It got even more bizarre earlier this month when one of the country’s largest internet companies, Tencent, added facial recognition in a bid to restrict underage gamers, in line with China’s cyber curfew laws for video games. By the way, the conglomerate has big investments in American companies like the owner of Fortnite, Epic Games, and others.
This continued mix of tech companies on a global scale will only worsen amid escalating tensions between the United States and China and make much-needed cooperation increasingly difficult. This is especially true when each country has such different values when it comes to privacy.
What does this kind of aggression mean for the United States?
First of all, it means a continuous fork in the Internet. This is not good for the innovation drive anywhere, as countries create the digital version that works best for them – a blow to the idea of a free and open global internet. As these diverge, it will lead to other problematic compromises on the part of big US tech players like Apple. It also means a race between China and the United States over which digital infrastructure will be deployed, with a competition already taking place on fast 5G mobile technology.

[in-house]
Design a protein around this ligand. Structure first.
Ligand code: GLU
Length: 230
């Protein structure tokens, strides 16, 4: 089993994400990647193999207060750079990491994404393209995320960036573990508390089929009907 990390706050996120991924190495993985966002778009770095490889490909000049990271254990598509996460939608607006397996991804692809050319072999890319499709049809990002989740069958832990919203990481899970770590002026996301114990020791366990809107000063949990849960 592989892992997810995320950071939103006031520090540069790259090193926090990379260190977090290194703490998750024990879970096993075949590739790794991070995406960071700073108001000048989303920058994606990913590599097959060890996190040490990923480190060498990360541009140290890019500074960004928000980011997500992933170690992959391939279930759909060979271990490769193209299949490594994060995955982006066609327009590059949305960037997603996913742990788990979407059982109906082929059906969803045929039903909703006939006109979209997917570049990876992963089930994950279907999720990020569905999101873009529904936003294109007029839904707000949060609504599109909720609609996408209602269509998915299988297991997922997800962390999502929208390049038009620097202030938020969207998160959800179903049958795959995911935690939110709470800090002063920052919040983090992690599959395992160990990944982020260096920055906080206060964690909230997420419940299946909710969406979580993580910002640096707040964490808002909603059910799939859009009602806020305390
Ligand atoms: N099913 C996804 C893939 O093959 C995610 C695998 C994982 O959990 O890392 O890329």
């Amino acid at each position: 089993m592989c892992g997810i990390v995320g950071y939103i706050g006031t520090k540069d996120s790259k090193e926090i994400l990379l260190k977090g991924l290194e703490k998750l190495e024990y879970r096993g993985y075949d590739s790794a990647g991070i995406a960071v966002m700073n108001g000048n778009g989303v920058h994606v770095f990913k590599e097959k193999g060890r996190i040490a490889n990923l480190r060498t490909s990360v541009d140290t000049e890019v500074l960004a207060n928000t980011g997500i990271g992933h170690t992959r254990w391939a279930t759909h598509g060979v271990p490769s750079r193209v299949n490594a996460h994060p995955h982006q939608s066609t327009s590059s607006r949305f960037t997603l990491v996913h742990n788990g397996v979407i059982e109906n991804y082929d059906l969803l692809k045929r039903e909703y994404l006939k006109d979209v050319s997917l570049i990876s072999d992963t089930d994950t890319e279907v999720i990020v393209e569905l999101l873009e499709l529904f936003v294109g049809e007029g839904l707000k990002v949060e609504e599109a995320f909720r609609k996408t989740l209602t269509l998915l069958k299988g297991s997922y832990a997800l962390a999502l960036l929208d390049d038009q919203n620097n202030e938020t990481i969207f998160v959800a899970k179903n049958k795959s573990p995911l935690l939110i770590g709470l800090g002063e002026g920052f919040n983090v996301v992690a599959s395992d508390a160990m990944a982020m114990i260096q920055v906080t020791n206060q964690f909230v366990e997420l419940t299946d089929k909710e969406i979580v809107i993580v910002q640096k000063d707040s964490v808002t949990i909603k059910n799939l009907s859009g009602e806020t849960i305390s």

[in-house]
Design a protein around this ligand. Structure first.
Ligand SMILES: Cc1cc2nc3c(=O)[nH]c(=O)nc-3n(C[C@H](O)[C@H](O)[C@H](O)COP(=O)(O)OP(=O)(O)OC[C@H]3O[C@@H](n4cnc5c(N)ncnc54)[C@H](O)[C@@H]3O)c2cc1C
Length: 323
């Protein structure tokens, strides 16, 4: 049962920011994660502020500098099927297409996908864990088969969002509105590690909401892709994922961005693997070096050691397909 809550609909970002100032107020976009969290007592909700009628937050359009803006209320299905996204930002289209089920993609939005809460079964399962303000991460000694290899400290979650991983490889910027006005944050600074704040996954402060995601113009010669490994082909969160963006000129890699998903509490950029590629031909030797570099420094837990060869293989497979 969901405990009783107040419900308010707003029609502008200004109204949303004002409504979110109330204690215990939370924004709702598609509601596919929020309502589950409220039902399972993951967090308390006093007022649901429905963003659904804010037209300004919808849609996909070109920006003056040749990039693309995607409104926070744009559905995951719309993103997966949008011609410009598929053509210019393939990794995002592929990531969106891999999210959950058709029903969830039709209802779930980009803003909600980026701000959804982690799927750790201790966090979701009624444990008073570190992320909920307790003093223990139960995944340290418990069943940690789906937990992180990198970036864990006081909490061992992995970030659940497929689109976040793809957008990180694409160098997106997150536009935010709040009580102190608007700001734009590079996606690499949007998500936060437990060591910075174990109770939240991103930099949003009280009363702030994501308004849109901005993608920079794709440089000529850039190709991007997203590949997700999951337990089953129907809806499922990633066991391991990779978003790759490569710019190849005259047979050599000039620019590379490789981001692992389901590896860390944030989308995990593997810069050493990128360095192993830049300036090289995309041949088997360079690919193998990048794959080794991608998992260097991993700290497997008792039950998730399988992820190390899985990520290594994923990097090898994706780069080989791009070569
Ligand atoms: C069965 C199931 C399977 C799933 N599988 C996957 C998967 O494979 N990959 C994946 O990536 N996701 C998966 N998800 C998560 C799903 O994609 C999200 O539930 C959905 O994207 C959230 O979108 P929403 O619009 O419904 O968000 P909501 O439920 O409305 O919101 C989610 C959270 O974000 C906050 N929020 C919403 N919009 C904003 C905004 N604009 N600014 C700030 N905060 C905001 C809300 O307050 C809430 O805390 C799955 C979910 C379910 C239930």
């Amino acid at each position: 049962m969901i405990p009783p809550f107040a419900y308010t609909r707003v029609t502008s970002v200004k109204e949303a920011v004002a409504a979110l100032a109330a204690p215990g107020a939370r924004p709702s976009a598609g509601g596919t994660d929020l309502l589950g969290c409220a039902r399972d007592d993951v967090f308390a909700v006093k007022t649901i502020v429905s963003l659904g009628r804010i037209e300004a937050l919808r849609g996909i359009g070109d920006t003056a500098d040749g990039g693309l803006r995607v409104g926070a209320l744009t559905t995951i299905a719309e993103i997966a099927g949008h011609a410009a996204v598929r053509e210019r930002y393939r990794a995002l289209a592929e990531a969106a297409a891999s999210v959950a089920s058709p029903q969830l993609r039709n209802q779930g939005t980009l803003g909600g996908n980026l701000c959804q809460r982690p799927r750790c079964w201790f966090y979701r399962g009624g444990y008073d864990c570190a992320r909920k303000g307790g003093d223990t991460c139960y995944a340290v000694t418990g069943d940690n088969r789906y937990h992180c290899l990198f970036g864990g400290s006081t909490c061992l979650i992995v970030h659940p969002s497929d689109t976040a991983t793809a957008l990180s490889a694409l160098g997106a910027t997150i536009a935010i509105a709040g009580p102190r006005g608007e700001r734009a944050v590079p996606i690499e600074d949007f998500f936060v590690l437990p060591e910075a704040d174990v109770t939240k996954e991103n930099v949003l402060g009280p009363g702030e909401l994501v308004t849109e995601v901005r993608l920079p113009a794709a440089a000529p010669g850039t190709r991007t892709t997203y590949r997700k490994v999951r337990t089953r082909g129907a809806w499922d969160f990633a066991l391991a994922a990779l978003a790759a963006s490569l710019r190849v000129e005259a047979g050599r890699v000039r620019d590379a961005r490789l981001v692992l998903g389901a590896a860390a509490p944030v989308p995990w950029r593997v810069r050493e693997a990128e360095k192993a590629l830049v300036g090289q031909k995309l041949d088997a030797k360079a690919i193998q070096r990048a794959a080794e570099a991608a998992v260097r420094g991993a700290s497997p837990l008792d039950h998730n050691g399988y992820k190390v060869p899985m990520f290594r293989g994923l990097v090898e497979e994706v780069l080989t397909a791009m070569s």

There aren’t many great options for the United States other than restricting business with Chinese companies, keeping American data off Chinese servers, and other retaliatory measures. While the Trump administration’s efforts to curb TikTok were primarily a political masquerade, this might be an option the Biden team will need to consider. This could lead to escalations that would affect the very strong global hardware supply chain, which relies on China.
It is perhaps not surprising that internal repression has been accompanied by increased external aggression. Today, the Biden administration officially organized allies to accuse China of paying hackers to attack digital systems around the world.
In other words, it’s a burning mess – much like the one Mr Zuckerberg will always face at the national level with growing regulatory oversight. He certainly still has a lot of important controversy to answer, which President Biden pointed out last week when he accused social media of “killing people” by harboring misinformation about vaccines. But Mr. Zuckerberg was saying at the time that we might want to start spending more time thinking about China.